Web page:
The site to the rear of the residential suburb at Dixon Gardens is an important, surviving fragment of the historic landscape garden of Beckford’s Ride. The land comprises a series of stepped terraces to the north and enclosed within tall, retaining walls in coursed rubble stone. The walls and terrace are Grade II listed as part of the former nursery gardens of William Beckford, with design attributed to H E Goodridge, and historically formed part of the designed landscape known as Beckford’s Ride. The garden site is also attributed group value as part of the setting of the Grade I listed 20 Lansdown Crescent as a designed, Picturesque route between Beckford’s residence at 20 Lansdown Crescent and Beckford’s Tower in Lansdown. The assemblage also includes Beckford’s Gate, which is separately listed Grade II.

BPT has continued to highlight the significance of this site a relatively complete example of an early 19th century landscape garden associated with one of the city’s most famous residents and designers. The site of the proposal is an integral element of the wider designed landscape conceived and designed by Beckford.


2023 –  Resubmitted Proposals for Residential Development of Historic Garden Site

At the start of 2023, new planning application 23/00257/FUL came forward with a second attempt to develop a house on the site. We continue to resist development on the site on grounds of harm to the setting of multiple Grade II structures and the loss of legibility of the last surviving fragment of Beckford’s Ride. We have further concerns regarding the structural impact of setting the proposed dwelling below ground level, as well as the net biodiversity loss across the site as a result of the removal of existing trees and greenery and the application of excessive hard landscaping.

Read our objection response here.

The application was refused in May 2023 on grounds of harm to the setting of multiple heritage assets, including the Grade II listed structures, Bath City-Wide Conservation Area, and the World Heritage Site, which would not be outweighed by public benefit. “Development on this site would strip the character which once formed the gardens and planned landscape, the setting would as such no longer be legible should the proposed development take place. Whilst it is appreciated that site is not currently accessible and therefore the designate heritage assets are unable to be experienced, this does not provide justification to develop this site and cause harm to the remaining, and still legible heritage assets.”

It is noted that the B&NES conservation officer continues to maintain an in-principle objection to the residential development of this site.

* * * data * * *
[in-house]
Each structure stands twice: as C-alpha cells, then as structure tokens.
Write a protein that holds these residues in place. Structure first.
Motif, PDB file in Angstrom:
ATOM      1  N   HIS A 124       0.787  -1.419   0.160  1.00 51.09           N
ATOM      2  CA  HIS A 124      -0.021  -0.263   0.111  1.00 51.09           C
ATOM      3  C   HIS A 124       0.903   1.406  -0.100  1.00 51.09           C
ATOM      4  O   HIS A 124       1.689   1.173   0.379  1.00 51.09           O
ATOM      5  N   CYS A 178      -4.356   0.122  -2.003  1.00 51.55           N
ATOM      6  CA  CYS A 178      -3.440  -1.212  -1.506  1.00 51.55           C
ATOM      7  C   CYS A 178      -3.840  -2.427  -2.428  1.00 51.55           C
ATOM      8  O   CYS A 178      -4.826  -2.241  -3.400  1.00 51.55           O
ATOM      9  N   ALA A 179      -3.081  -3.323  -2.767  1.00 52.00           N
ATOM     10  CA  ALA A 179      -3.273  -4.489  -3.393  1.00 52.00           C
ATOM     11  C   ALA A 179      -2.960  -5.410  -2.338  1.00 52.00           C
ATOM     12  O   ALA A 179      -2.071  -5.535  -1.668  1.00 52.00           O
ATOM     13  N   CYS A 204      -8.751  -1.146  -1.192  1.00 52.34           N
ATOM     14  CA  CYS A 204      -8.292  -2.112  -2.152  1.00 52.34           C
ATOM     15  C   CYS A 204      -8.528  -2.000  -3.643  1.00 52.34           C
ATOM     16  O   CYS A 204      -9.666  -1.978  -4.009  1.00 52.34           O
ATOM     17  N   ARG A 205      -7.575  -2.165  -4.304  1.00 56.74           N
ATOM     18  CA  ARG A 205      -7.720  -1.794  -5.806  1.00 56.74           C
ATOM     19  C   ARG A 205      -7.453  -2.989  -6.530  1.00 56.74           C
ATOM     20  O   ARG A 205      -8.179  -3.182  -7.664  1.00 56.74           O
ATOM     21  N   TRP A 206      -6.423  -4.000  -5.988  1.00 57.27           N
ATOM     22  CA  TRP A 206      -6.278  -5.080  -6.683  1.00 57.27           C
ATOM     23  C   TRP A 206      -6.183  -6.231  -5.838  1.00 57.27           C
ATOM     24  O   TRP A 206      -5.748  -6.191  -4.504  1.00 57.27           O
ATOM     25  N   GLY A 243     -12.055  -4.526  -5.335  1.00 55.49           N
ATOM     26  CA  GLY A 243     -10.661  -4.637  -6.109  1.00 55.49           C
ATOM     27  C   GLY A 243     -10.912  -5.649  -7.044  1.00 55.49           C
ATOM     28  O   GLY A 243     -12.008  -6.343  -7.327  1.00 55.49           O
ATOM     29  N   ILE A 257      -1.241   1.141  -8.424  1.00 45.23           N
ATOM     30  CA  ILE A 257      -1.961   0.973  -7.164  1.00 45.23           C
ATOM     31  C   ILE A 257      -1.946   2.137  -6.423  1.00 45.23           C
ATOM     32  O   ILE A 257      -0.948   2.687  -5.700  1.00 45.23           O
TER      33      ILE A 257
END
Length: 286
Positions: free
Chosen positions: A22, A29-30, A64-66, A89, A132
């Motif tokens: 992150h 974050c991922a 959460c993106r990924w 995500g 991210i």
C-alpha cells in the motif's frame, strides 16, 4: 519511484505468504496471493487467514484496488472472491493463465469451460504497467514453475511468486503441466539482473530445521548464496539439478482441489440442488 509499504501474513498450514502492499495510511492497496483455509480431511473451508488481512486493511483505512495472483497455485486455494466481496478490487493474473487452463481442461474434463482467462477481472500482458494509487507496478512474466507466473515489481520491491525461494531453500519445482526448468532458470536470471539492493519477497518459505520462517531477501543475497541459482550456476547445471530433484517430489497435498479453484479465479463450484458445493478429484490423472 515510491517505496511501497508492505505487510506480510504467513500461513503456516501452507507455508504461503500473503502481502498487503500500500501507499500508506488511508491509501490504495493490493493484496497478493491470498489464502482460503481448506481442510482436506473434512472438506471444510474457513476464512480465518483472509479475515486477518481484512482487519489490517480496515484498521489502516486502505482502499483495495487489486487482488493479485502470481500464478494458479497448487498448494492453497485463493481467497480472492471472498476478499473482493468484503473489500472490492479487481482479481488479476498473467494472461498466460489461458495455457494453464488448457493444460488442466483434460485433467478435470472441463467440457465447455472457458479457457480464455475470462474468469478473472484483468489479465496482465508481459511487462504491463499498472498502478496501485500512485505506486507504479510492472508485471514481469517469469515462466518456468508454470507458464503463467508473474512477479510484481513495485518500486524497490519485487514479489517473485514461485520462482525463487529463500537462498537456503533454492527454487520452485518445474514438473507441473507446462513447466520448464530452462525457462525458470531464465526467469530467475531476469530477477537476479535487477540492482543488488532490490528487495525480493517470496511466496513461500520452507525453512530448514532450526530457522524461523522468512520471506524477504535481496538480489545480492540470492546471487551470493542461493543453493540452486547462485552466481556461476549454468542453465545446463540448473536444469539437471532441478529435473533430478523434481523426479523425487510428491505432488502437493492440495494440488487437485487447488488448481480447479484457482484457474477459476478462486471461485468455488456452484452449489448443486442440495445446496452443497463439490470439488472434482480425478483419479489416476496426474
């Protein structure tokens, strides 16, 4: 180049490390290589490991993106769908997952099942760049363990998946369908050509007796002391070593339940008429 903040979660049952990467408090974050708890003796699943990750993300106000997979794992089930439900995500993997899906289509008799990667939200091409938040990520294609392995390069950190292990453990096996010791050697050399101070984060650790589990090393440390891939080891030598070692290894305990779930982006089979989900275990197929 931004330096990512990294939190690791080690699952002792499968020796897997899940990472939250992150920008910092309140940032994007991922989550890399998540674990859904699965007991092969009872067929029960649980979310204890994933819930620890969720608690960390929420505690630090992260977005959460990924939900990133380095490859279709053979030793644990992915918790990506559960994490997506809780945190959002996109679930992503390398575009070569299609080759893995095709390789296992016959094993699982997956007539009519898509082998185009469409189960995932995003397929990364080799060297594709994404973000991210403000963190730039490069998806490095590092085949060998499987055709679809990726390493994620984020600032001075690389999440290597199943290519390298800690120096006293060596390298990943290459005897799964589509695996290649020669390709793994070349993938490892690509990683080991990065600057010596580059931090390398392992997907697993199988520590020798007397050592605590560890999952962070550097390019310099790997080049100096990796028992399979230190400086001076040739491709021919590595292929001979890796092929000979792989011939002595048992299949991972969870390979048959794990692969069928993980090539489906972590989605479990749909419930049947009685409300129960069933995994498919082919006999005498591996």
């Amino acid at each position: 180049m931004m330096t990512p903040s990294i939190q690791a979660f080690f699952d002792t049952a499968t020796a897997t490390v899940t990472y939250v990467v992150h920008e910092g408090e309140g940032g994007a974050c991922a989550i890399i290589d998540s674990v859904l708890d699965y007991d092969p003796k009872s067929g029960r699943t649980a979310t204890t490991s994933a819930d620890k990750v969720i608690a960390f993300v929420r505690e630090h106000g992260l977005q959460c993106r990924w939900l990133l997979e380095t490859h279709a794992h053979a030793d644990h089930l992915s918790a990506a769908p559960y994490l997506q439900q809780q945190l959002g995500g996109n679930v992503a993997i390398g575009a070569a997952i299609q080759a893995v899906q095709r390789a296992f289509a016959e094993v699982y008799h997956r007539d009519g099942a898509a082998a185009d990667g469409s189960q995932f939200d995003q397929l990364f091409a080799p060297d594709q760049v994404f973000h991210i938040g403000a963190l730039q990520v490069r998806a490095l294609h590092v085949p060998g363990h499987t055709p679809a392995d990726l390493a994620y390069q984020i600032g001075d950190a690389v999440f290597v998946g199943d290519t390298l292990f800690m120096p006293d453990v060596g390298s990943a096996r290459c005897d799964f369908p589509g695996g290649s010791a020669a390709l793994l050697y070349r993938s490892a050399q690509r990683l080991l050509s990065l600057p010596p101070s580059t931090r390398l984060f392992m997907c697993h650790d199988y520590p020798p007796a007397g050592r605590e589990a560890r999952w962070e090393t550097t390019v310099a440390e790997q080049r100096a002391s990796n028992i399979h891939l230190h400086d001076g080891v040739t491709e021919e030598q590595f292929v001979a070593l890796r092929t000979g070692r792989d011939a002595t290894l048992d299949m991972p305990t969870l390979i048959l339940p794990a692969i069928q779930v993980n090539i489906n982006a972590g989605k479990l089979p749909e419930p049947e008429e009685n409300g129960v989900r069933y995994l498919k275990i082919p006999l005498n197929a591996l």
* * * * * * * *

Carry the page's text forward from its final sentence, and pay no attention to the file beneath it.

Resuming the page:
2017 – BPT Proposes Amendment to Grade II Listing of Beckford’s Garden

In 2017, BPT applied to Historic England to have the listing amended for the north and east walls and terraces to include the west and south walls (i.e. the whole horseshoe around Dixon Gardens). It was also recommended to upgrade the listing from Grade II to Grade II*. Whilst the site remains Grade II, we were pleased to see that the listing wording was amended in 2018 to make specific reference to the west and south walls.

You can see the revised list description here.


2015/2017 – Retrospective Application for Demolition of Southern Boundary Wall & Enforcement Action

Despite the withdrawal of proposals for the residential redevelopment of this garden site, the southern boundary wall was demolished without planning permission to create a widened access point, with the assumed intention of allowing vehicle access onto the site.

Application 15/04695/FUL was subsequently submitted to retrospectively secure planning permission for the removal of the southern wall, but this was also withdrawn. BPT maintained that the wall formed part of the Grade II listing of the nursery gardens, and therefore any works would require listed building consent. An enforcement notice was issued for the wall to be rebuilt; the enforcement notice was appealed by the applicant, and when this was dismissed, was referred to the High Court where the case was dismissed again.

The boundary wall was eventually rebuilt to the Council’s specifications in 2017.


2014 – Planning Application for the Proposed Redevelopment of Historic Garden Site for a Single Detached Dwelling

In 2014, proposals came forward for the development of a single, detached dwelling on the site under application 14/04025/FUL. Proposals also incorporated the use of extensive hard landscaping along the western terrace to create a private driveway that would allow vehicles to park by the front door of the new dwelling.

BPT stated an in-principle resistance to any development on this historically significant site, where this would result in substantial harm to a series of heritage assets and the further erosion of a historic designed landscape associated with one of the city’s most famous residents.

Read our objection response here.

The application was subsequently withdrawn.